Sunday, March 10, 2013

March 10, 1863 (Thursday): The Great Bridge Raid

Rowlesburg WVA (Google Earth)

Richmond, Va., March 10, 1863.
Brigadier General W. E. JONES,
Commanding, &c.:
     GENERAL: This will be handed to you by Captain J. H. McNeill, who has proved himself by past service a gallant and enterprising soldier. He has submitted to me, with the commendation of General Imboden, a plan of a gallant dash, with some 600 or 800 men, to accomplish the destruction of the trestle-work on the Baltimore and Ohio Railroad and the bridge over the Cheat River. These are objects of great importance, and their successful accomplishment has long engaged the attention and special interest of the President. Several efforts heretofore have been, from special causes, frustrated, but the practicability of the enterprise, especially by the sudden dash of a small force, is believed to be by no means doubtful. The plan of Captain McNeill meets the concurrence of the Department, and after consultation with General Samuel Jones, whose approval (as the enterprise was to be attempted in a district of his department) was desired, has secured his sanction. I hope, when explained to you by Captain McNeill, it will likewise have your approval and co-operation. You will be expected to afford a portion, at least, of the force required for the enterprise, and by any contemporaneous operation you may deem judicious to favor and promote the scheme.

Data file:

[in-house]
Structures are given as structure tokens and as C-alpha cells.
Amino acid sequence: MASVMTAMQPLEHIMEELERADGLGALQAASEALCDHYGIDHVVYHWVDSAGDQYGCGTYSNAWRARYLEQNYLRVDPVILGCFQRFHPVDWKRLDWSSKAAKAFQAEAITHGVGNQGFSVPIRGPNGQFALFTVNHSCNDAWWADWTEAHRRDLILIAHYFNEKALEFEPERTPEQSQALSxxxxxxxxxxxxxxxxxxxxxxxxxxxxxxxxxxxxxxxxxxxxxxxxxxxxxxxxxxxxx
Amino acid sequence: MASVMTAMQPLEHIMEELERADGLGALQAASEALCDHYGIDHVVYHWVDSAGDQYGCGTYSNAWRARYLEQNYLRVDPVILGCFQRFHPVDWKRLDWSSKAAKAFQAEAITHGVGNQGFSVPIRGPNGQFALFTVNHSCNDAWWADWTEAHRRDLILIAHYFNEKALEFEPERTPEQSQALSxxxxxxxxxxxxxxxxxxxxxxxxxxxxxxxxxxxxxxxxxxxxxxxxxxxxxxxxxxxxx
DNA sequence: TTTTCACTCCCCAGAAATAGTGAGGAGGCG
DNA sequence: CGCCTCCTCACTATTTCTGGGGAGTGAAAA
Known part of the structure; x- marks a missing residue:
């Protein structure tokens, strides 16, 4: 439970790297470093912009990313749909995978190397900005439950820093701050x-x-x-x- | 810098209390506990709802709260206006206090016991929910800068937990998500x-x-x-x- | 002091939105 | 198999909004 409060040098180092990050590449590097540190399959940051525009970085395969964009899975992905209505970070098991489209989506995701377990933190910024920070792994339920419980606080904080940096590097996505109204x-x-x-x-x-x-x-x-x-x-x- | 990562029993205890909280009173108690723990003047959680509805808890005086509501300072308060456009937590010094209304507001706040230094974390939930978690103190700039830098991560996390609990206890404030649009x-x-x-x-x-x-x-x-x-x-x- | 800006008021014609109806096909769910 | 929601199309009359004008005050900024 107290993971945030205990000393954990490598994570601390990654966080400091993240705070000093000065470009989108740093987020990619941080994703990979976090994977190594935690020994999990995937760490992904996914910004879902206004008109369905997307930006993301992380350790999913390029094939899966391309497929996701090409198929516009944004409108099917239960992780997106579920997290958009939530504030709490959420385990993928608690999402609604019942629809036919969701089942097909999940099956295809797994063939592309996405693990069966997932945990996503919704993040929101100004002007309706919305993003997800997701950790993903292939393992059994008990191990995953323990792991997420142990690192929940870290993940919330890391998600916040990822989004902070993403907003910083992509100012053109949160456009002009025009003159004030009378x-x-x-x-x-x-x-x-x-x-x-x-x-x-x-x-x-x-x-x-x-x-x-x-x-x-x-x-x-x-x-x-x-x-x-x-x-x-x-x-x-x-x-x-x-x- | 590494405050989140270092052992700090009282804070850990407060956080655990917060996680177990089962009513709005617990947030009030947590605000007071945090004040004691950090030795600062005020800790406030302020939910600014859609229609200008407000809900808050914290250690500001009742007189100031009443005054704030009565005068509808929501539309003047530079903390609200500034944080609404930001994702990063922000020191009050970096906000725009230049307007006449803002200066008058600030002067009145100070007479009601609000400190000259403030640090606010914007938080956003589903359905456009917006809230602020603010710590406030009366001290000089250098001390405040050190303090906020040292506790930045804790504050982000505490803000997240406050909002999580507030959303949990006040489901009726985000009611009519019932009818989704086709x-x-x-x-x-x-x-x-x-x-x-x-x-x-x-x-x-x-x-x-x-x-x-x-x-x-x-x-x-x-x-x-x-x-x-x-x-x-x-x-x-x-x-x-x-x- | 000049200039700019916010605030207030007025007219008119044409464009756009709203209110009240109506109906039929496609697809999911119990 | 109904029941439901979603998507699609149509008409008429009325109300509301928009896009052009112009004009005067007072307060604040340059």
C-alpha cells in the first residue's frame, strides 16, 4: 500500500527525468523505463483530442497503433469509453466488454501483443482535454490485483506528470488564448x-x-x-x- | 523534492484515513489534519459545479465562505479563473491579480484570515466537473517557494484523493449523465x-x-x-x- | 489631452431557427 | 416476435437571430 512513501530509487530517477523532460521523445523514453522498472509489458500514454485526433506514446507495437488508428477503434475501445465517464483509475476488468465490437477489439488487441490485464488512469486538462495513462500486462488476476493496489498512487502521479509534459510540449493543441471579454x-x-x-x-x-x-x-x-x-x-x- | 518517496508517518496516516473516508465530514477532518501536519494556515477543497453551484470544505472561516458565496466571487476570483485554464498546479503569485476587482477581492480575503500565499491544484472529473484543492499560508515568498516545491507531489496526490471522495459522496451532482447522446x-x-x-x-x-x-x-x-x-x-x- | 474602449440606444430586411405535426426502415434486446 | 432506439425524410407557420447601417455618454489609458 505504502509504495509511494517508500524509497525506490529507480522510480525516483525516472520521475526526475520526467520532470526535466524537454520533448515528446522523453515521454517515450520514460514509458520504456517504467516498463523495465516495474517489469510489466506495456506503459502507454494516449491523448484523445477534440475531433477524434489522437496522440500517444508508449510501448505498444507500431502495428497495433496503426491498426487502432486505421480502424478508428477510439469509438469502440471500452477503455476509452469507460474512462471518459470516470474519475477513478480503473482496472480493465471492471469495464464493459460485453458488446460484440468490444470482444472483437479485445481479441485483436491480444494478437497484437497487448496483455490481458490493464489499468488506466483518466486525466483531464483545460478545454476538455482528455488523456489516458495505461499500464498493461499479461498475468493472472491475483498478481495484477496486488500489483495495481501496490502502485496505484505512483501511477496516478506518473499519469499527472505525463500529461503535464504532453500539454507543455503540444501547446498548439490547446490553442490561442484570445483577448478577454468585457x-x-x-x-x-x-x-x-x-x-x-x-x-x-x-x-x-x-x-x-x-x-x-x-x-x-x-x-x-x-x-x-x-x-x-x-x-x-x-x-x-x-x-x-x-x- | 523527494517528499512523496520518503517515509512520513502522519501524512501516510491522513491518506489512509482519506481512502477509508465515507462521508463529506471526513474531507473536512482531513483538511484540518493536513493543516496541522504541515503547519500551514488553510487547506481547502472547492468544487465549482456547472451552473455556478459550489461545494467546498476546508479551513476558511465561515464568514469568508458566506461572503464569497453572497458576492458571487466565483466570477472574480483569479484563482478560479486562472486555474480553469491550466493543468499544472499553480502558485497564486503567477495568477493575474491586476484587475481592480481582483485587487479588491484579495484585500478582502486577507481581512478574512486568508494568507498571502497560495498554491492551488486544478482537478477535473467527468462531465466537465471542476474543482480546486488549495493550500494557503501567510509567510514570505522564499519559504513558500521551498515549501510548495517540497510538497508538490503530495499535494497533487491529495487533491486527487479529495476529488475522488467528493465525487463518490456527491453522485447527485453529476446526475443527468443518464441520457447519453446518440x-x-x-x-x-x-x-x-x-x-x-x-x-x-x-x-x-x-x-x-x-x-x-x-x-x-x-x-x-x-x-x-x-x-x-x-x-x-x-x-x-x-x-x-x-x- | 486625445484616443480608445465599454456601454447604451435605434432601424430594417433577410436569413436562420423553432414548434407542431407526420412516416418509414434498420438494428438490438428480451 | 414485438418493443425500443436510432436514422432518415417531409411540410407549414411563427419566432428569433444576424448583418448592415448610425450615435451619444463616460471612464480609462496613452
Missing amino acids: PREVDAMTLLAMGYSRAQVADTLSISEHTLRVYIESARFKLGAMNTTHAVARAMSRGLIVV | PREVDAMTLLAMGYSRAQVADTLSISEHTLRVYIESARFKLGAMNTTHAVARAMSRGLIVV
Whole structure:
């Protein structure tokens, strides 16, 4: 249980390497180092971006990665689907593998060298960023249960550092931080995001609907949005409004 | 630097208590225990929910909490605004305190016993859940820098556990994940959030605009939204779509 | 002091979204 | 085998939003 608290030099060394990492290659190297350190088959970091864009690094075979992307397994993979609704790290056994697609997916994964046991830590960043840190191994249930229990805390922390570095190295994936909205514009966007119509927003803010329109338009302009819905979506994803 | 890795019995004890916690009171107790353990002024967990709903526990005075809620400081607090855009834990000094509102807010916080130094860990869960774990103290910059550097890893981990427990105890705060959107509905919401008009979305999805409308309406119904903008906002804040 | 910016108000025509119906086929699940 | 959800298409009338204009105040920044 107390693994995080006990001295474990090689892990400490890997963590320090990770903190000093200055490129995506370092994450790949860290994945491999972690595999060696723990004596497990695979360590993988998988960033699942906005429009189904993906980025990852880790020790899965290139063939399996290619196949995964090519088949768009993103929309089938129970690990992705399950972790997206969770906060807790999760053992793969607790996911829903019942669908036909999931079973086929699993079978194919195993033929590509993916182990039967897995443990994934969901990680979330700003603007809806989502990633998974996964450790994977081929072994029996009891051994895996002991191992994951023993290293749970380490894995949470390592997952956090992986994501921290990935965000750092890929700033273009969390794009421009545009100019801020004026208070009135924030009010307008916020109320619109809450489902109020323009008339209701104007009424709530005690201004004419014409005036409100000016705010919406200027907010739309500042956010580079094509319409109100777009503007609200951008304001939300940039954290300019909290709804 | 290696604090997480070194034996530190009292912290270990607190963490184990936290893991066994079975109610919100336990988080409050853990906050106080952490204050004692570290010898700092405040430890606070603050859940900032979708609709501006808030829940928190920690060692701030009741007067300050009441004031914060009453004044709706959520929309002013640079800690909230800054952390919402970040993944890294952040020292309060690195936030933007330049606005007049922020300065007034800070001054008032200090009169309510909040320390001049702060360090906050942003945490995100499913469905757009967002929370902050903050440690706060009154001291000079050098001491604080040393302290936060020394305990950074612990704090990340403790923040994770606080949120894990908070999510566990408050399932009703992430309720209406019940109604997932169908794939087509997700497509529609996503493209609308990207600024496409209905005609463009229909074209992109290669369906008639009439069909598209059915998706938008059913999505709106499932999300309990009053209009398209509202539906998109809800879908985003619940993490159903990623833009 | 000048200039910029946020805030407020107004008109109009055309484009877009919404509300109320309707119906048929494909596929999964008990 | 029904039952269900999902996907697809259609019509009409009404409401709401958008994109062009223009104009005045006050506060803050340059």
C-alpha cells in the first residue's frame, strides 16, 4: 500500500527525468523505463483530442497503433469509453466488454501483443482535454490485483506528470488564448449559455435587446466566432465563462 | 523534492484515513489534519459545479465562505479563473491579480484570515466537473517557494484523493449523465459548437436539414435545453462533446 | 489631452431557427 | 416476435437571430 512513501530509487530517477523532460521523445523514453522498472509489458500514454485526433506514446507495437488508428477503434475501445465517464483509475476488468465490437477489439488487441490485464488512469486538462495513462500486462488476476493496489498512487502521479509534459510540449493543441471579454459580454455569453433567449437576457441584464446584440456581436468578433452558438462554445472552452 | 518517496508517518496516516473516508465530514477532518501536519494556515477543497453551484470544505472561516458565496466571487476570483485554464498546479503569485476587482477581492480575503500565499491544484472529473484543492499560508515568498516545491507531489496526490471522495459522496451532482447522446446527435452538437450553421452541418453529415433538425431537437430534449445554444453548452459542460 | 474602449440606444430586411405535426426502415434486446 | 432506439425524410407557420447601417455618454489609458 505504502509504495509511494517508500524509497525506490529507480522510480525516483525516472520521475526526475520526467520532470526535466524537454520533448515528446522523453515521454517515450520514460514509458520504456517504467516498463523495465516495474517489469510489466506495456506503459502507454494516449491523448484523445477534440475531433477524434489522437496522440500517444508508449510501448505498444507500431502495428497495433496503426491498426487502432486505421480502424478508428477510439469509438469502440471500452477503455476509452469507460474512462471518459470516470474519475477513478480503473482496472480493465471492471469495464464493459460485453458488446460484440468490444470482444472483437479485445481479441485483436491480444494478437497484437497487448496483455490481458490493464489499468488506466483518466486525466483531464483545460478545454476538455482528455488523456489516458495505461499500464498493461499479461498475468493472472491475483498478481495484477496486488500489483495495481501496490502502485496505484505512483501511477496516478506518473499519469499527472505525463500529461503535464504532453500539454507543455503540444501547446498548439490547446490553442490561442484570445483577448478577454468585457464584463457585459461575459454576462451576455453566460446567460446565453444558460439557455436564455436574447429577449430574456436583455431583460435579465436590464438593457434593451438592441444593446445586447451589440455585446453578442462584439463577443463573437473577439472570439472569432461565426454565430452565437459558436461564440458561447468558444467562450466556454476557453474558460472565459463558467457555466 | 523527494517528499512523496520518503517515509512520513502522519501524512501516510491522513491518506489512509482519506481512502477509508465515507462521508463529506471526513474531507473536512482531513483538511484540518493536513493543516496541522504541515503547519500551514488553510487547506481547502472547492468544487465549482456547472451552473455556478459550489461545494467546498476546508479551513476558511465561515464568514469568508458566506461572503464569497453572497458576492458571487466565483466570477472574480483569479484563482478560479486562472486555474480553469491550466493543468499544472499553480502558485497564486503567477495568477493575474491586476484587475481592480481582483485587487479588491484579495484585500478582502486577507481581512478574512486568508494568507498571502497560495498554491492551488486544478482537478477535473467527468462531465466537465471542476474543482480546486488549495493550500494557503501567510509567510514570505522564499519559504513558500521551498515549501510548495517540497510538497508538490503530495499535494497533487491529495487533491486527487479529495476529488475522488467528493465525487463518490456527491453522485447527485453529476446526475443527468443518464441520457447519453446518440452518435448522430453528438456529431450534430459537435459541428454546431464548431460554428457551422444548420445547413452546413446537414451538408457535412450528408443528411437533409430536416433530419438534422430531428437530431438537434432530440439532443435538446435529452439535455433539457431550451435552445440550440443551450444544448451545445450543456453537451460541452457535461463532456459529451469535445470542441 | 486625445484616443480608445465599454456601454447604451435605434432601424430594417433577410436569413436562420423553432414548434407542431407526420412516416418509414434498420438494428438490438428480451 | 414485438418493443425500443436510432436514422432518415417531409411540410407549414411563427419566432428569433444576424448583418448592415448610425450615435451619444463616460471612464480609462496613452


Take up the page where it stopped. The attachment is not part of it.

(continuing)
For any further details or explanation, either as to his own views or those of Generals Samuel Jones or Imboden, with whom he has conferred, I refer you to Captain McNeill, and commend him to your favorable consideration.
     With great esteem, very respectfully, yours,

    J. A. SEDDON,
   Secretary of War.

Official Records, Series I., Vol. 21, Part 2, Pages 660-661.

The bridge at Rowlesburg, West Virginia linked western Pennsylvania and Ohio to the eastern theater by means of the Baltimore and Ohio Railroad.  Breaking this connection was, to Robert E. Lee, "worth an army" but it would likely have taken one to accomplish the task.  What was proposed here became a twin movement of Imboden and McNeil's men later in the spring.


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